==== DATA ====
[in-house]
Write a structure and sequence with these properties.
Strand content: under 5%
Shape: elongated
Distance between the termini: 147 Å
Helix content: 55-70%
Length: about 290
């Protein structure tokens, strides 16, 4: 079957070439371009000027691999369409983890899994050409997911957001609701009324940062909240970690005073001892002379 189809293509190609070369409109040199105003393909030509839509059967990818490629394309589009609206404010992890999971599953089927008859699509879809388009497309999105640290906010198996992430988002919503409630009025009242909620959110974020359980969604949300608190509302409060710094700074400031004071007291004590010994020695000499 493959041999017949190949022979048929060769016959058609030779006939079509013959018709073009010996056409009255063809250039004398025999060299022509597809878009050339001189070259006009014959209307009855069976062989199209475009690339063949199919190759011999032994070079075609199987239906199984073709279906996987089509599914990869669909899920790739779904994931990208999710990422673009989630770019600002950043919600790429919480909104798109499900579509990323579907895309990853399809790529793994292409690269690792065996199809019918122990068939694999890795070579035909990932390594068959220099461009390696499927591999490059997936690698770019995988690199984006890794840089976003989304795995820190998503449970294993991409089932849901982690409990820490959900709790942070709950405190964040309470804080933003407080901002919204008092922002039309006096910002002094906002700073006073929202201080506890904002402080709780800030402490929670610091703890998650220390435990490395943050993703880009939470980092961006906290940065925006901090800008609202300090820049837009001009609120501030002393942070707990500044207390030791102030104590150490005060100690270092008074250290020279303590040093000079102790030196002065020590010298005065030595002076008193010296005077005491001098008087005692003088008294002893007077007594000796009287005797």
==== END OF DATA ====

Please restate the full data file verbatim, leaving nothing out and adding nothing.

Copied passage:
[in-house]
Write a structure and sequence with these properties.
Strand content: under 5%
Shape: elongated
Distance between the termini: 147 Å
Helix content: 55-70%
Length: about 290
């Protein structure tokens, strides 16, 4: 079957070439371009000027691999369409983890899994050409997911957001609701009324940062909240970690005073001892002379 189809293509190609070369409109040199105003393909030509839509059967990818490629394309589009609206404010992890999971599953089927008859699509879809388009497309999105640290906010198996992430988002919503409630009025009242909620959110974020359980969604949300608190509302409060710094700074400031004071007291004590010994020695000499 493959041999017949190949022979048929060769016959058609030779006939079509013959018709073009010996056409009255063809250039004398025999060299022509597809878009050339001189070259006009014959209307009855069976062989199209475009690339063949199919190759011999032994070079075609199987239906199984073709279906996987089509599914990869669909899920790739779904994931990208999710990422673009989630770019600002950043919600790429919480909104798109499900579509990323579907895309990853399809790529793994292409690269690792065996199809019918122990068939694999890795070579035909990932390594068959220099461009390696499927591999490059997936690698770019995988690199984006890794840089976003989304795995820190998503449970294993991409089932849901982690409990820490959900709790942070709950405190964040309470804080933003407080901002919204008092922002039309006096910002002094906002700073006073929202201080506890904002402080709780800030402490929670610091703890998650220390435990490395943050993703880009939470980092961006906290940065925006901090800008609202300090820049837009001009609120501030002393942070707990500044207390030791102030104590150490005060100690270092008074250290020279303590040093000079102790030196002065020590010298005065030595002076008193010296005077005491001098008087005692003088008294002893007077007594000796009287005797």